Food pantries in and around Salem continued to see a sharp increase in visitors as residents content with inflation and high gas prices.
It’s a change the Marion Polk Food Share first detected in March, though it was too early to determine if it was a trend at the time.
Four months later, Marion Polk Food Share reports that visits have stayed fairly steady at about 13,000 families per month seeking out food resources. That number is up from December when visits were recorded at about 11,500 families per month.
“What we’re hearing is people coming in because prices of food at the stores are much higher,” said Megan Rivera, director of community programs for the food share. “So if they get SNAP benefits (food stamps) it’s not lasting as far and the cost of gas is cutting into their income much more than it has in the past. We are also seeing reports of new families coming to the pantries who haven’t before.”
Gas prices reached a record high in Salem in mid-June averaging $5.47 a gallon, while the national average rose to $4.87, according to AAA.
On Wednesday, the Federal Reserve raised the interest rate by three-quarters of a percentage point in a bid to combat inflation–a rise in the general price of goods and services. The Consumer Price Index, a measure of the average change in prices of goods and services, increased 9.1% since last June according to the Bureau of Labor Statistics.
That means people are paying more for things like food, fuel and rent which is driving some to seek out resources like the food share.
“Inflation at the store of the gas station or whatever makes it harder for the money to last the month,” said Marion Polk Food Share CEO Rick Gaupo in an interview with Salem Reporter in March.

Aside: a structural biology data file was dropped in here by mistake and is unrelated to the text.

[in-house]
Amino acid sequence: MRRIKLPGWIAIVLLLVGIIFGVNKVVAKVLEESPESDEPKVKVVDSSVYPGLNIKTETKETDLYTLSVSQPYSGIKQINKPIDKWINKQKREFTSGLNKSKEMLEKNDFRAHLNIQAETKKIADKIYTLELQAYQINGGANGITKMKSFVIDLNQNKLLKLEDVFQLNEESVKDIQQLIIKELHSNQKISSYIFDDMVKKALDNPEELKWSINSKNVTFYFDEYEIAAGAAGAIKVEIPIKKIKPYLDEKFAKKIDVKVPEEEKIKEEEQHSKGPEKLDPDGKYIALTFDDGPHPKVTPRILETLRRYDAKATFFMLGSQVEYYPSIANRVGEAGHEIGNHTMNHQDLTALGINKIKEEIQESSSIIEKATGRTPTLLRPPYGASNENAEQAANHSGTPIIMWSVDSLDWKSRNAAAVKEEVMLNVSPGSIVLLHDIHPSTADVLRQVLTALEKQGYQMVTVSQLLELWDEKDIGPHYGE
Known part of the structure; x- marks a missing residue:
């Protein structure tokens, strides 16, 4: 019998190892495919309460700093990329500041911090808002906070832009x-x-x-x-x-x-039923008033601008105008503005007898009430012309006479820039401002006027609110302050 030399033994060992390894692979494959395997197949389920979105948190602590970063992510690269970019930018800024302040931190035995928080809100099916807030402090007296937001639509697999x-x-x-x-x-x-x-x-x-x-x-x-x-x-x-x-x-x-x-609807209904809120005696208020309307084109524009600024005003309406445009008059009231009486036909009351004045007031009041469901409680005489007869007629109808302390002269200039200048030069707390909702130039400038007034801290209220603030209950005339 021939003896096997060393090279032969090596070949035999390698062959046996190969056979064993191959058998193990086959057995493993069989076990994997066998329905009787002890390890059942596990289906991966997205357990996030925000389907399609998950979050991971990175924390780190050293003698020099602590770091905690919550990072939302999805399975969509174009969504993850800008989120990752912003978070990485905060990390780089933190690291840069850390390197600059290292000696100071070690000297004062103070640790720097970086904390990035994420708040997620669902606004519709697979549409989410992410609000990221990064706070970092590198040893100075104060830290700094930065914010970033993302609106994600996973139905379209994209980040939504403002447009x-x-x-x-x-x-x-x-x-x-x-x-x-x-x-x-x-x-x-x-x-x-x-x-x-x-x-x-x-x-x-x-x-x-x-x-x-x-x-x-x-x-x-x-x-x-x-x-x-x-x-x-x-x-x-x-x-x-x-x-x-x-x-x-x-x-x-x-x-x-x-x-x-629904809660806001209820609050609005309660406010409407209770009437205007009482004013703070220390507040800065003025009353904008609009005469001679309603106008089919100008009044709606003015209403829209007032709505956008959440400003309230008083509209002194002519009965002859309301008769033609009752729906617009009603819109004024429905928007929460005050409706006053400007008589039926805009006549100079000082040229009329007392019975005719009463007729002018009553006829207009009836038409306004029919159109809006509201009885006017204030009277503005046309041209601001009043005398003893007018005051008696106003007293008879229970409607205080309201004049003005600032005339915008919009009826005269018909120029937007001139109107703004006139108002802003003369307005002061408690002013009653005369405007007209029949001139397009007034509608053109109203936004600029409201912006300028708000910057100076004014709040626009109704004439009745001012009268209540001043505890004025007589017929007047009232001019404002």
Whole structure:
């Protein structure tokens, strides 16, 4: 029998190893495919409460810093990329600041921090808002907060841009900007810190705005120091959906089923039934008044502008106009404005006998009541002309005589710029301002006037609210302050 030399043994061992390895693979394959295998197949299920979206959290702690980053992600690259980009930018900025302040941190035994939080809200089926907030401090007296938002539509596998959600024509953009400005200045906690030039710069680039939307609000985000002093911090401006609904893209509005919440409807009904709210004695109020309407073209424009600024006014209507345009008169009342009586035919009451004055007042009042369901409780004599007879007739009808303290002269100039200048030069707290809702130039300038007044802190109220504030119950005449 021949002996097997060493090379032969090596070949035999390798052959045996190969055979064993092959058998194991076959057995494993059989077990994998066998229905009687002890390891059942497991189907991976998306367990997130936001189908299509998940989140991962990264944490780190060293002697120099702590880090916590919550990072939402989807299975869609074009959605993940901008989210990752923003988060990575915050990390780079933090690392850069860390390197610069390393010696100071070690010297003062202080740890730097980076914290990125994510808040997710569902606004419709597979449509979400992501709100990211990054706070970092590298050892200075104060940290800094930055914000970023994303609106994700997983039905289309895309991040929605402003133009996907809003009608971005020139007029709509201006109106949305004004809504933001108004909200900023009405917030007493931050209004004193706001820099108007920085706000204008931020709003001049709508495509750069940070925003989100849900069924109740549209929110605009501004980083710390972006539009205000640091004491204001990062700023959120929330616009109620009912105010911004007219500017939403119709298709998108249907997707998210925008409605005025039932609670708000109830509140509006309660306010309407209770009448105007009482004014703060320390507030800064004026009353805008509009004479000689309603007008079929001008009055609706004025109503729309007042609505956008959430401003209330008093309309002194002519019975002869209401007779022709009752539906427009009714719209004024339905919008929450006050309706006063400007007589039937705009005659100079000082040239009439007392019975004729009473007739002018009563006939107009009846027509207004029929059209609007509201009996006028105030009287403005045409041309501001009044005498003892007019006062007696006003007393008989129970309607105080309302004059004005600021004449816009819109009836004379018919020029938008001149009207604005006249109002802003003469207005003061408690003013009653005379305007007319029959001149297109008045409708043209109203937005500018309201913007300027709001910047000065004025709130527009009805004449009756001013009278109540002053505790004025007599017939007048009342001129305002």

At the time, the food share was seeing an 18% increase from the average number of visits over the previous six months. And that increase has sustained in the four months since.
Those are numbers the organization hasn’t seen since the height of the pandemic.
In 2020, the food share averaged 13,000 visits per month throughout the year, seeing a burst of nearly 15,000 visits in the spring of that year. But in 2021 when governmental assistance and pandemic relief programs were rolled out at the federal level, numbers dropped.
“There is no way to truly know for sure, it’s just the best information to our understanding,” said Rivera in terms of whether the federal programs eased the demand on the food pantry. “The data we have is that we saw fewer people in 2021.”
Currently, SNAP recipients are still receiving pandemic boosts, but those are expected to phase out in September. The food share expects to see another increase in visitors once that happens.
“It’s not enough to meet the need of rising costs of gas and groceries,” Rivera said of the extended SNAP benefits.
Marion Polk Food Share supplies 23 pantries in Salem and additional pantries in the outlying areas of the counties. Visitors do not have to show ID or proof of income to receive food.
“A person just needs to show up during the open hours of the food pantry,” Rivera said.
The experience, however, may differ depending on what pantry a person visits. Some will allow people to shop the pantry choosing food that best fits their household while others will give out prepared boxes of food.
Fresh produce–from national-level producers, grocery stores and local farms–is available as well as dairy products, frozen meat and rice and pasta.
A list of pantries is available on the food share’s website.
Contact reporter Caitlyn May at [email protected].
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Caitlyn May served as a journalist for nearly a decade in Nevada and in Linn Lane counties in Oregon with a focus on rural stories and long-form journalism. A graduate of both Oregon State University and the University of Oregon, she currently serves as an elementary school teacher but returns to journalism now and then, remaining a dedicated supporter of the Fourth Estate.